The brief collaboration that Guy and Isa staged with Bob and Alice on Magnetic Island reinforces the performance of the beach as ‘useless beauty,’ as a place for idling, where normal rules of efficiency and productivity are substituted for other concerns. These concerns are distanced from everyday life, and, in particular, from work. This place of uselessness was ‘decorated’ not only with artefacts (the chair, the tree, the van) and the topographical features (the beach, the cliffs, the seawater) but also with an ephemeral-but-intense encounter with Bob and Alice. As they left the beach, Guy said, “These are the best moments…,” and again begins fantasizing about the pleasurable uselessness of the beach, and how, on returning to the beach, they might spend all day just getting a coconut from the tree. Thus, through social interaction, the place evolved, not as a place of quiet, natural, and unspoilt beauty, which is how local brochures tend to describe Magnetic Island, but as a place where an intense but short-lived and ephemeral social interaction was played out. The meeting entailed no promises or evocations of lasting friendship, and no transactions or reciprocity was expected from Bob and Alice once Guy and Isa were allowed into the playful setting. It was a meeting with others that served to put substance into the tourist experience, brought about by an openness that accompanies being outside one’s everyday milieu.

The Coconut Beach encounter revealed the experience as fundamentally social, exemplifying how the meeting between the two couples came to be choreographed and performed in place. The collaboration played a central role in making place, enrolling a range of objects from the environment (sticks, trees, and coconuts), human artefacts (the van, a piece of string, a knife) and socio-cultural actors (the two couples, mutual expectations based on knowledge about social norms for interaction, established tourist behaviours). The example showed how both collaboration and social interaction are part of the negotiation and construction of places in tourism. Embodied performances in place are key in this process. Guy and Isa, who demonstrated an interest in catching coconuts by gradually moving closer to Bob and Alice, appeared to indicate their interest in interacting. Not unlike examples given by Goffman (1967) on how body language is used to communicate and uphold mutual definitions of a situation, the parties at Coconut Beach used their bodies as props to help project their social orientation and their openness. The reciprocal behaviour in place can be understood as one of mutually acknowledging the importance and legibility of the others’ activities in situ.

A large part of the interaction in the Copenhagen example revolved around an elaborate performance of local cultural aspirations, such as the laid-back and liberal alcohol and drug consumption, as well as relaxed attitudes towards religion. Such narratives can be understood as ways of exhibiting ‘pride in being local’ (Bødker & Browning 2012). The dialogue unfolded from orientational cues, innocuous, and non-offensive talk that had ‘phatic’ functions (see Lawson & Jaworski, 2007), gradually moving towards more controversial and challenging aspects of Danish culture vis-à-vis a North American, ‘Bible Belt’ sensibilities. While Lawson and Jaworski use the example of how economic inequalities motivate communication between British visitors and Gambian hosts, the interactions in Copenhagen entailed none of the transactional features of communication where narratives are exchanged for monetary gain. The curiosity and ‘outsideness’ of the visitor worked as a driver for narratives about what was normal in a Danish context and how that might be perceived as foreign or controversial.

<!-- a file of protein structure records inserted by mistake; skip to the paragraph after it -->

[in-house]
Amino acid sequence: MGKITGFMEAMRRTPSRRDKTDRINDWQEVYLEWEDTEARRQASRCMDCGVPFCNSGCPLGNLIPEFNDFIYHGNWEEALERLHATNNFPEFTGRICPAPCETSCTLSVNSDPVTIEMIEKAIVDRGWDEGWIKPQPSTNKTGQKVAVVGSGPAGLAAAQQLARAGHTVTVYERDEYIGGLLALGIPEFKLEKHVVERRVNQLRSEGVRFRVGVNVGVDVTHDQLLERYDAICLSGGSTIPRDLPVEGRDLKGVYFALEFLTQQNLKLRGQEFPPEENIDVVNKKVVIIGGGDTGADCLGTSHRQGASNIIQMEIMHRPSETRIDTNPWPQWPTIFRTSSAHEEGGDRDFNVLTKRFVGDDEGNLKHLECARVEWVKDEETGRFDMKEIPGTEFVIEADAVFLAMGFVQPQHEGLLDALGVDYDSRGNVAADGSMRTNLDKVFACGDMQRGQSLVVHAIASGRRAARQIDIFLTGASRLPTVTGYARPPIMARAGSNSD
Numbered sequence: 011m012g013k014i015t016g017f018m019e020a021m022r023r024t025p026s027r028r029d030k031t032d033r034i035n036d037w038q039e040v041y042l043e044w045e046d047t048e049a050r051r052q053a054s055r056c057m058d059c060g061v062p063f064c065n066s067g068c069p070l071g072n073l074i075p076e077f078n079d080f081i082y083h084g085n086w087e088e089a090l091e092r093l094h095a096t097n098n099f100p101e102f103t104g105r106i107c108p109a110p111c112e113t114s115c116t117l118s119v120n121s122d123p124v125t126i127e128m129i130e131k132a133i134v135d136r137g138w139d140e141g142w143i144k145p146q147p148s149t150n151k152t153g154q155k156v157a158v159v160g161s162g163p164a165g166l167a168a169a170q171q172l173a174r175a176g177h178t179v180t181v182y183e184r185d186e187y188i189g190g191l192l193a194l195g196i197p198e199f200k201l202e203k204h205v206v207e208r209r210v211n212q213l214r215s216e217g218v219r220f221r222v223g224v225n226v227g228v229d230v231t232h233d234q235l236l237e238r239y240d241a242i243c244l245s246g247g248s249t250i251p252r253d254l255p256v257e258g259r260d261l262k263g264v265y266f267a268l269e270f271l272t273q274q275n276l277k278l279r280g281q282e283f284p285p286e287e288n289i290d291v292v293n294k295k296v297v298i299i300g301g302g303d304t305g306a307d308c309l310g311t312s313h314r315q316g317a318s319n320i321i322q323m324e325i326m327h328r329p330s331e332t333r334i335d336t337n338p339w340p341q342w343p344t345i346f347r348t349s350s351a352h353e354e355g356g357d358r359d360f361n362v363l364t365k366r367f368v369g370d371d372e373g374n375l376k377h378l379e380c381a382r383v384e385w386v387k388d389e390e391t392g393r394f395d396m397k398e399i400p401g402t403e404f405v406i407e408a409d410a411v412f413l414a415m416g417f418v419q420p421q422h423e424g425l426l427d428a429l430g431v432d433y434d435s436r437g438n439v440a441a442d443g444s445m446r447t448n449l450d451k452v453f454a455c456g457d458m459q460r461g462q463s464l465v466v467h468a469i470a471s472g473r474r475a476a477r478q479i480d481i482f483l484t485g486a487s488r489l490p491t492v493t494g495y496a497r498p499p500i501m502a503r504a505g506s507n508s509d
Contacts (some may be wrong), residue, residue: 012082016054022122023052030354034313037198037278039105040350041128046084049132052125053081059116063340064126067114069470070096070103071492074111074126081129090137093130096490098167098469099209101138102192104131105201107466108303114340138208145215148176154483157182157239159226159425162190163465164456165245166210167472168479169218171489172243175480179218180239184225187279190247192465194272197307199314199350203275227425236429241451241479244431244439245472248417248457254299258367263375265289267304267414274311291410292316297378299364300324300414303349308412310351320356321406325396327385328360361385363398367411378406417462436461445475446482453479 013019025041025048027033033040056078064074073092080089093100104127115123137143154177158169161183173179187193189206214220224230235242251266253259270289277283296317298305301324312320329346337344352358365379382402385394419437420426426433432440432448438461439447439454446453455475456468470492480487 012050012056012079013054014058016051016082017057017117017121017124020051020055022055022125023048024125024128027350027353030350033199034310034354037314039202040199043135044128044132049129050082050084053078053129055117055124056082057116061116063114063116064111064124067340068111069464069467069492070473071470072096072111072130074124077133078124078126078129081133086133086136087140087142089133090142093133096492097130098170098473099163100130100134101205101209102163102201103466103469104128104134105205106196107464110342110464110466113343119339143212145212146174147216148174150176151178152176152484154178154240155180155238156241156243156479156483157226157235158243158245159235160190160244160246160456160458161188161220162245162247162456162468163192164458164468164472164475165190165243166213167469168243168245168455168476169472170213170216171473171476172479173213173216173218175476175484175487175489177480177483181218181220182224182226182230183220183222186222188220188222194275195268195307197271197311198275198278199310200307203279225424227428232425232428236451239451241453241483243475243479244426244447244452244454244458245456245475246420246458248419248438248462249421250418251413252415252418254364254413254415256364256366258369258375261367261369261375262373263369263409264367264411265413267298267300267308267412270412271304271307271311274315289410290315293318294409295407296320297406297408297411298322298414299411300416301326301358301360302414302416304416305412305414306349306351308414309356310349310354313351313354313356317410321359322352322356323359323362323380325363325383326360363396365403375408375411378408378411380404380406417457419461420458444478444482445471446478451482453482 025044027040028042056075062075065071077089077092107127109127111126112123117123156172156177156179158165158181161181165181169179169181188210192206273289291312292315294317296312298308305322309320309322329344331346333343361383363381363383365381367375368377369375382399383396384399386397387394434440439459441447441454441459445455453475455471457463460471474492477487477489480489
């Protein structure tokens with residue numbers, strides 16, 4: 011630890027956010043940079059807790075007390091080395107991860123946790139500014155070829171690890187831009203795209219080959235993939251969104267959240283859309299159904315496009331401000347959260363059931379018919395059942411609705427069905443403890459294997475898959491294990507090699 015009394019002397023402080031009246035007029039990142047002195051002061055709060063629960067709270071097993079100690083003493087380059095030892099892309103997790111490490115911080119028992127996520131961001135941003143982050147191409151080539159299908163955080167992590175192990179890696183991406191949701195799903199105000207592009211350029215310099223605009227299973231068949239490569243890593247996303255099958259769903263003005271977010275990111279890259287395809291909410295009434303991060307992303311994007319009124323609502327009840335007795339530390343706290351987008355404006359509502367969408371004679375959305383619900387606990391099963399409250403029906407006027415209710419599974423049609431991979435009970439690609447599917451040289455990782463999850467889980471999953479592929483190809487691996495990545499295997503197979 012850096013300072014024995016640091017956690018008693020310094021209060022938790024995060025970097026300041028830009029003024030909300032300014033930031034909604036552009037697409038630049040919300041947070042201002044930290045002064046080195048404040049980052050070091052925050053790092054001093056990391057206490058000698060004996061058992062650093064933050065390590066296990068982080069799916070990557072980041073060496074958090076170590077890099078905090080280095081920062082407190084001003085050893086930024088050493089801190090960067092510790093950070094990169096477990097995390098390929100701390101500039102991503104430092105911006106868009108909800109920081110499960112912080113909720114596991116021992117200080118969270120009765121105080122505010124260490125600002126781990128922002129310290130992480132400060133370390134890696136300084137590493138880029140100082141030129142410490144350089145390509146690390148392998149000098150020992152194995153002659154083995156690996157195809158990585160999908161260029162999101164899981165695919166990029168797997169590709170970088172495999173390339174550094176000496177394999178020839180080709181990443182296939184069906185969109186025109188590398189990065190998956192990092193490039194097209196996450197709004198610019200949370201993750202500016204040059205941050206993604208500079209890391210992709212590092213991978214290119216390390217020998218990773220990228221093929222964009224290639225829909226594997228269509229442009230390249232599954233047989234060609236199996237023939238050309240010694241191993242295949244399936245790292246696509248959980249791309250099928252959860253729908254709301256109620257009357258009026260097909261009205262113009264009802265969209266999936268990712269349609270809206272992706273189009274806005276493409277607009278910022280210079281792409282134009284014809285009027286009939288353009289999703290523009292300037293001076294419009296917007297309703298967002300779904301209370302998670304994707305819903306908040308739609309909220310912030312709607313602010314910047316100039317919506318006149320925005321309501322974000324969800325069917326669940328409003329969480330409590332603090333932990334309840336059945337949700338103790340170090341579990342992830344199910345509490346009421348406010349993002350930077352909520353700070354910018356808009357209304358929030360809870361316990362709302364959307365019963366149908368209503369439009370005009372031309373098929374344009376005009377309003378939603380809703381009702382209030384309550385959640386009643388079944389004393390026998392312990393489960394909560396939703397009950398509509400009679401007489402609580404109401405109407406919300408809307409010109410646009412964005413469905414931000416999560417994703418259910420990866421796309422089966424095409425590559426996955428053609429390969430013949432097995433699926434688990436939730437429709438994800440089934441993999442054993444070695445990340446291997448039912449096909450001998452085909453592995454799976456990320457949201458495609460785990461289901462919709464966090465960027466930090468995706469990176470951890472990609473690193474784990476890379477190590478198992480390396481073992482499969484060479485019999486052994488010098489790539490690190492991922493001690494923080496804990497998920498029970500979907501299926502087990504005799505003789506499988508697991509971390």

For example, the conversation around Christiania focussed on the difference between the two cultures, with the locals drawing upon familiar (to them) embedded social and cultural furniture. However, in this indexical context of generally shared understandings, the hosts were not ‘simply’ purveyors of local culture, and the visitor was not just a consumer of local flavour and exotic tableaux. For the locals, the value of the encounter was in part the pleasure of staging Copenhagen and Danish culture as different from US culture, and expressing succinct opinions about authenticity and the ‘real’ Copenhagen. Following up on the meeting with the tourist, one of the locals, who had served as a Queens Guard at the Royal Castle, told a story of silently standing at attention whilst tourists discussed where to go. Several times, when tourists mentioned that they would like to visit what he perceived to be an overrun tourist attraction, he had wished he could intervene with advice. Thus, whilst the interactants were more or less equal in economic and social standing, the locals were continuously asserting cultural inequalities or differences. This was not an experience of merely being an informational node in the network, but entailed pleasurable performances of a particular form of cultural capital that drew its authority from evoking ‘Danishness’ or an ‘insightful Copenhagener.’